Author: David Lambuth
This small book sets out to improve the art of writing. This is because good writing is necessary to achieve the objective of writing which, the author says, ‘is to make your reader understand exactly what you have to say – and understand it as quickly and as effectively as possible’ (page 6). Bad writing on the other hand ‘eats up the reading time, creates misunderstandings and errors, and often makes it necessary to do the job twice at more than twice the cost’ (page ix). The author hated ‘slovenly prose‘ and he set out to improve clear thinking which, he says, is what makes good writing (page 4).
Exhorting people to ‘read, read…and still read‘, one of the author’s earliest suggestions is that ‘…you can learn how to write well only by reading well’ (page 5). He urges writers to be clear from the outset what their writing is about; he says ‘point out to your reader…the direction in which you are going and the destination you have in view’ (page 7).
Over the course of 39 small chapters the author offers tips covering the broad scope of writing-related topics. Take his discussion on constructing a sentence, ‘the unit of all logical thinking and writing’ (page 11). He shows the importance of the beginning of the sentence, which is what ‘catches the reader’s attention first’, and the end of the sentence, which ‘makes the last impression’ (page 26). His tips include the excellent suggestion that ‘the subject should usually appear near the beginning of the sentence’, and ‘always be careful not to separate a subject too far from its verb’ (pages 17-18). He addresses other issues related to sentences such as unity, completeness, and brevity.
The book’s treatment of words is also exhaustive. The author says ‘…your accuracy and vividness depend upon the words you use’, and he advises against using ‘ill-chosen words, words that are vague or misleading…’ (page 27). His argues that ‘…there is rarely more than one right word to express an idea exactly’ (page 28). His recommendations include gems such as ‘the more concrete nouns and verbs you use, the more forceful your writing’, and ‘the fewer the words used, the more concentrated the attention’ (pages 28-29). The author explained how writing is improved by the choice, for example, of strong, active, and exact words.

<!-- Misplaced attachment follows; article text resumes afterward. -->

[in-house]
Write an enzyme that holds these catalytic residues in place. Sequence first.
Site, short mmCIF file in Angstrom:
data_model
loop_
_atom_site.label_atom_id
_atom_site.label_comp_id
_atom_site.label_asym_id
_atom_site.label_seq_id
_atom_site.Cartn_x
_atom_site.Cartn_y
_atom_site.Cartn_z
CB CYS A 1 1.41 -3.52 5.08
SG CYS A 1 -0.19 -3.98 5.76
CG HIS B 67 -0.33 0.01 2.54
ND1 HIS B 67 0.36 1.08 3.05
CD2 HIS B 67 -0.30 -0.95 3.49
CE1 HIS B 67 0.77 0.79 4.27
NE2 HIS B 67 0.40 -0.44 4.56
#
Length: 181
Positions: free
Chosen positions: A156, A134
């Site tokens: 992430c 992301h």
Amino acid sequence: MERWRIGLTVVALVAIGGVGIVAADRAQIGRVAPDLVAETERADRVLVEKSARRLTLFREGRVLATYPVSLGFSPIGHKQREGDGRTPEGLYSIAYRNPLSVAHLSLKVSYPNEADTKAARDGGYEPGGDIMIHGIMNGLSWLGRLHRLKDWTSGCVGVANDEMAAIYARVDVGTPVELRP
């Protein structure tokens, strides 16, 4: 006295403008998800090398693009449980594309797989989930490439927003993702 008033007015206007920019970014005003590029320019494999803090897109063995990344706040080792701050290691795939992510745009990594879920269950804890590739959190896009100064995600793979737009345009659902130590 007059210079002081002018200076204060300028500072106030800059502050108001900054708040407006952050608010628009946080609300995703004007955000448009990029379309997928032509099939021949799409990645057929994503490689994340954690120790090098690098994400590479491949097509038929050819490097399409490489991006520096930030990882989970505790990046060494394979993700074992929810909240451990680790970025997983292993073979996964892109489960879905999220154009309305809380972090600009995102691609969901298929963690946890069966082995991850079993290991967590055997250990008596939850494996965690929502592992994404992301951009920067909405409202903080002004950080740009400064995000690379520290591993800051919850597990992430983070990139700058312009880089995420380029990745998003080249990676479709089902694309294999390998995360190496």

With regard to the use of verbs, the author furnishes invaluable suggestions such as ‘…use your verbs in the active voice rather than the quiescent passive‘ (page 30). Amongst other things, he addresses the appropriate use of ‘will‘ and ‘shall‘, and the contentious issue of splitting the infinitive. The book also explores paragraphs with the important suggestion that they should be short. It points out that ‘the beginning and the end of a paragraph are the most emphatic positions in a piece of writing’ (page 9). The author also offers guidance on the appropriate use of punctuations such as commas, colons, semicolons, hyphens, and quotation marks. He also addresses the importance of writing style with an exploration of topics such as unity, emphasis, elegance, rhythm and concreteness.
The book dedicates five chapters to the important subject of letter writing. The 7 Cs‘ of letter writing are a must-read, and they remain relevant even in today’s digital age (page 50).
The book’s small size belies the important pearls it contains. It is a masterful take on an important, but sadly overlooked, subject. Writing is critical to communication, and the book shows how people can greatly improve their prose. The author’s suggestions make for clear and correct writing, and he packaged it all in a relatively small book.
The endless gems in this book make required reading. Writing is a critical skill in medicine, a profession where poor writing has grave consequences. I therefore strongly urge all doctors to read this book.
- Publisher, place, date: Penguin Books, New York, 1963
- Number of chapters: 39
- Number of pages: 81
- ISBN: 0-14-046263-5
- Price: £0.33
- Star rating: 5 stars